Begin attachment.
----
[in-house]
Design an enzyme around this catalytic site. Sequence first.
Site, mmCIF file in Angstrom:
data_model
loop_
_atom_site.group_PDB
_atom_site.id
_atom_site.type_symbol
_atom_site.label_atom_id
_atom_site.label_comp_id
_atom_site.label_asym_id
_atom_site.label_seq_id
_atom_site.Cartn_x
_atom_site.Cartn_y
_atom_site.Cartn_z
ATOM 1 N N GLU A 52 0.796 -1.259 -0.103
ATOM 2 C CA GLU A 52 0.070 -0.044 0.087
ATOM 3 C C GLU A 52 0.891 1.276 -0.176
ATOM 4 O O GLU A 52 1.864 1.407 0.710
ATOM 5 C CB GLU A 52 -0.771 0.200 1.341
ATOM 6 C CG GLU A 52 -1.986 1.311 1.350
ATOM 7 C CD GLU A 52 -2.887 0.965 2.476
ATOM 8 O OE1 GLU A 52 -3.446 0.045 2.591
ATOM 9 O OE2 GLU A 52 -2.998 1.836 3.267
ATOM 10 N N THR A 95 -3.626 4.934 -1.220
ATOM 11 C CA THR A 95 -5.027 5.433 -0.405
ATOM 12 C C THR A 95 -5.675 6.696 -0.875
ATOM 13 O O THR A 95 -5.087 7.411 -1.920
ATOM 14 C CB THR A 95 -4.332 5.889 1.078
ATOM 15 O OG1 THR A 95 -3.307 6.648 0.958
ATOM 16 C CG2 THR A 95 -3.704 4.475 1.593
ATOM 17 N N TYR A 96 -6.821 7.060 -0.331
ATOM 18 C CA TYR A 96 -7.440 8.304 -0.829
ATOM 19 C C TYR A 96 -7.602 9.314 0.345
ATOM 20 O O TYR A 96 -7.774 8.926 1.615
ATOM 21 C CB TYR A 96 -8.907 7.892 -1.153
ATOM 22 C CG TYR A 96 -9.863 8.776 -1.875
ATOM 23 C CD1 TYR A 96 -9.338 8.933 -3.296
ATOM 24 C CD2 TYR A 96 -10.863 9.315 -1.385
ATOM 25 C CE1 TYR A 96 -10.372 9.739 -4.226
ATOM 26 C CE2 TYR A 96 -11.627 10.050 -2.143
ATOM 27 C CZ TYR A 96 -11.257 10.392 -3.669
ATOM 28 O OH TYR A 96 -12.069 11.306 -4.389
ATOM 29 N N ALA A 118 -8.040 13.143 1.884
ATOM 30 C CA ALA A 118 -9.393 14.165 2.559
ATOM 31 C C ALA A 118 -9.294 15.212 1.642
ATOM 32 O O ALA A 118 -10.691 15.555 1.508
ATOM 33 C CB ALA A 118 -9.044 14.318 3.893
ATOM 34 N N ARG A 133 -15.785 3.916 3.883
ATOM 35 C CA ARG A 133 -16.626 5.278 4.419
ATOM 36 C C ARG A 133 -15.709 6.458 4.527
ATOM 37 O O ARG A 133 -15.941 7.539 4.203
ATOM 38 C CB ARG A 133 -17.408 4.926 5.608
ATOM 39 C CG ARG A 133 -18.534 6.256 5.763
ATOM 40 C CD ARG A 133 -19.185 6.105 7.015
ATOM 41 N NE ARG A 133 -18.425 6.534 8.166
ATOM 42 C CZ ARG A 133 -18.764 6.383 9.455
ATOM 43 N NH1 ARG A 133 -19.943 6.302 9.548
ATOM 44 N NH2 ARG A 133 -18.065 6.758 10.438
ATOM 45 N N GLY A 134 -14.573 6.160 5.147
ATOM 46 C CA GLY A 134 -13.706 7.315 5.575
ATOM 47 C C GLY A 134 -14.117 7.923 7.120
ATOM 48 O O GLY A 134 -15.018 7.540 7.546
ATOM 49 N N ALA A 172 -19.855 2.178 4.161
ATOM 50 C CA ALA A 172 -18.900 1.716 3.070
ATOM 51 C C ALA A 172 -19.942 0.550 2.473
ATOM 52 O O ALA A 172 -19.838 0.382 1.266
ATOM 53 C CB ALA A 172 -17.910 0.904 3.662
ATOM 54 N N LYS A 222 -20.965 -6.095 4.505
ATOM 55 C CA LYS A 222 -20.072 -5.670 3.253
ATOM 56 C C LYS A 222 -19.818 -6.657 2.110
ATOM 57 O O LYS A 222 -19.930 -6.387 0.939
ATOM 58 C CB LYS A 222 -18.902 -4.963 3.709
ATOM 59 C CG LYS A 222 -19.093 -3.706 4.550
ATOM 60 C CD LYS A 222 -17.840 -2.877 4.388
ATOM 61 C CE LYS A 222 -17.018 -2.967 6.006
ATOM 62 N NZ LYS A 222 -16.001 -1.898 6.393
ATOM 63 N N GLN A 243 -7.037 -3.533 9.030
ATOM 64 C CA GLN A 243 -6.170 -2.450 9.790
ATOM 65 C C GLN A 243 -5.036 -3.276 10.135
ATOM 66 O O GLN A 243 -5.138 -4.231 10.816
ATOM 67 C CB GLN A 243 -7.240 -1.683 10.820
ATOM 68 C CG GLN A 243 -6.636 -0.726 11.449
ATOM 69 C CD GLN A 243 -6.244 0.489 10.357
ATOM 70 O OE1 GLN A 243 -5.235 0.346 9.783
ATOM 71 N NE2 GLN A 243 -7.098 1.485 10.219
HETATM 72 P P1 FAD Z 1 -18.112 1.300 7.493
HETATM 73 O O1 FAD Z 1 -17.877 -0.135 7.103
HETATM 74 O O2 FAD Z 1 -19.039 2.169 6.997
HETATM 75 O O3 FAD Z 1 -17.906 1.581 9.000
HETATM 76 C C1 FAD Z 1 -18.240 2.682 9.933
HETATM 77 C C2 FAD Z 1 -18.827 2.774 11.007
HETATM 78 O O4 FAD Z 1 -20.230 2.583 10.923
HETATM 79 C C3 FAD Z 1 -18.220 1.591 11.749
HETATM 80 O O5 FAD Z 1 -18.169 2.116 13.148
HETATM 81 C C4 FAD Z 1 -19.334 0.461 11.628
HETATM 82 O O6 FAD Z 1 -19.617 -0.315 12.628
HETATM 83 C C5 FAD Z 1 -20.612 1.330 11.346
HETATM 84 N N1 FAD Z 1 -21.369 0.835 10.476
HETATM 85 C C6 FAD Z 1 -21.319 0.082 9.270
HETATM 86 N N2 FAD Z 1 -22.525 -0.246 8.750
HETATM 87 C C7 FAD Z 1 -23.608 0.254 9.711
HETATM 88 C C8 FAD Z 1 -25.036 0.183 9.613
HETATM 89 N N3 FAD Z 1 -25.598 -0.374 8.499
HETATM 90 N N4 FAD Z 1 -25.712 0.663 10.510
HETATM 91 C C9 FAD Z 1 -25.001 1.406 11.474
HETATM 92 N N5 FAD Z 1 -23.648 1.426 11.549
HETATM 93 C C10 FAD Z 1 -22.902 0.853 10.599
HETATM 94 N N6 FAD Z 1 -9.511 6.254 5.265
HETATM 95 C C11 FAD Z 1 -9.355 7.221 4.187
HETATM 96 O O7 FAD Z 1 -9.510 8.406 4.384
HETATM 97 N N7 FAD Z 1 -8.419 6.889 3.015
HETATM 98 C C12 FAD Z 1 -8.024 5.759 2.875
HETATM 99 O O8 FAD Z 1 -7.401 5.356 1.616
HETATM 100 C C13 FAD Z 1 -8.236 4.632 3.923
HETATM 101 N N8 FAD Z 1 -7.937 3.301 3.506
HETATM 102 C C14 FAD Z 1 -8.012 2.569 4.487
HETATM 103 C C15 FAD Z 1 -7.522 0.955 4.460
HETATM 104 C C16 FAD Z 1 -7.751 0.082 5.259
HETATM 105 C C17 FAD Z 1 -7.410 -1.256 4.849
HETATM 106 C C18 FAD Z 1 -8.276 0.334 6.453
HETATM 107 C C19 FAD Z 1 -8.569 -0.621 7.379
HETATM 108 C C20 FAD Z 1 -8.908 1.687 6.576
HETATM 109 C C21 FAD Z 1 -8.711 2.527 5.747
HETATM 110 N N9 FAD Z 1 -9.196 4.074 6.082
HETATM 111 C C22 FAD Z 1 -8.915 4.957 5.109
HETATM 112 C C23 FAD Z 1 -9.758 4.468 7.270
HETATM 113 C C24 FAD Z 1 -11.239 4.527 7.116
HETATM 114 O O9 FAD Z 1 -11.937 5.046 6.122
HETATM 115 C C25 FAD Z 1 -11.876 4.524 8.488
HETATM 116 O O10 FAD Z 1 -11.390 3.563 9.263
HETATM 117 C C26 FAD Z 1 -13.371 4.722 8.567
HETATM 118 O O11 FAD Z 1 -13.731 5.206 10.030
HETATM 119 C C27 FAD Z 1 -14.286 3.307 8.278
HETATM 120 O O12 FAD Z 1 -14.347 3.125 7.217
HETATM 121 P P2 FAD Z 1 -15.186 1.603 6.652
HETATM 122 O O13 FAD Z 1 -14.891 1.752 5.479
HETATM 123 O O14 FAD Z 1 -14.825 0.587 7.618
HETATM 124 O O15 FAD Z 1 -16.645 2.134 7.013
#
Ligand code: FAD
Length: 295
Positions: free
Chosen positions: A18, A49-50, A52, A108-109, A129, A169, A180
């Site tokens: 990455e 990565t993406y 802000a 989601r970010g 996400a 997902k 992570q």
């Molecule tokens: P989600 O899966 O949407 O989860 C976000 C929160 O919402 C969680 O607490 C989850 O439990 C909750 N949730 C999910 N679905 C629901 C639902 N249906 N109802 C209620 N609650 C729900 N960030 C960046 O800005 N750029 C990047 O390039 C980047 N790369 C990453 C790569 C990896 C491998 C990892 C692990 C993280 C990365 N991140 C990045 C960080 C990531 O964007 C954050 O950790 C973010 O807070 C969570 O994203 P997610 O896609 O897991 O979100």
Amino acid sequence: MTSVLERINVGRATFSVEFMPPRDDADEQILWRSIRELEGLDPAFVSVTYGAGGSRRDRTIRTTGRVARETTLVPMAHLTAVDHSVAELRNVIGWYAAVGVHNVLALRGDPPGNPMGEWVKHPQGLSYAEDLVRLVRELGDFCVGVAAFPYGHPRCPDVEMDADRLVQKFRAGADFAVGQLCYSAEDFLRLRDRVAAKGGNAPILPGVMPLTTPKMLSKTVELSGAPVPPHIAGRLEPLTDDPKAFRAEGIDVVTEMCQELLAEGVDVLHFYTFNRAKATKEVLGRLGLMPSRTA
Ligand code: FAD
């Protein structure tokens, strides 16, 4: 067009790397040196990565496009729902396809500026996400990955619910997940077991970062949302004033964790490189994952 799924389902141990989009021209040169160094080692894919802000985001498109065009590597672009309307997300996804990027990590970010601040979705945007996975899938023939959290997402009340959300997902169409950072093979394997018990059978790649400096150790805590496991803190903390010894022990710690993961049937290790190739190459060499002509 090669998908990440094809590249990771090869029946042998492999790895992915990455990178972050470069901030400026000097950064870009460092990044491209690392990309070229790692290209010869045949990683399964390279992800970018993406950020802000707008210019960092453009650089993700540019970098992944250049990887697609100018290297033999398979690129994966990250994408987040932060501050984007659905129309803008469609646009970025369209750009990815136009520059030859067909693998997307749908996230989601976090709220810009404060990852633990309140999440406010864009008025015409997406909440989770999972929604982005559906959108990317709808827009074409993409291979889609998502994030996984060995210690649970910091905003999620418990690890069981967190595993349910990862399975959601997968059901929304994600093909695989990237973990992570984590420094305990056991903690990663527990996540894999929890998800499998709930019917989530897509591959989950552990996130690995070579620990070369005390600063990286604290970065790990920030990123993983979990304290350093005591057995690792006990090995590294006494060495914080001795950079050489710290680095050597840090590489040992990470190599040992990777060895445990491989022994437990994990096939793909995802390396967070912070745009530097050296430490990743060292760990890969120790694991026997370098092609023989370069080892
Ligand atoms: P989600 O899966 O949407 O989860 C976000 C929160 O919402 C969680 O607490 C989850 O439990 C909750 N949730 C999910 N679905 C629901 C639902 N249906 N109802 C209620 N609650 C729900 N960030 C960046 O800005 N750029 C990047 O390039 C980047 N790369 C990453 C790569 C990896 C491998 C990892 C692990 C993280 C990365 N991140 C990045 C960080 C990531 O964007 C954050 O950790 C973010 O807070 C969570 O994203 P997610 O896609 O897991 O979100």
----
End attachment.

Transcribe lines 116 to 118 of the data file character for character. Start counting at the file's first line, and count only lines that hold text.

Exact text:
HETATM 101 N N8 FAD Z 1 -7.937 3.301 3.506
HETATM 102 C C14 FAD Z 1 -8.012 2.569 4.487
HETATM 103 C C15 FAD Z 1 -7.522 0.955 4.460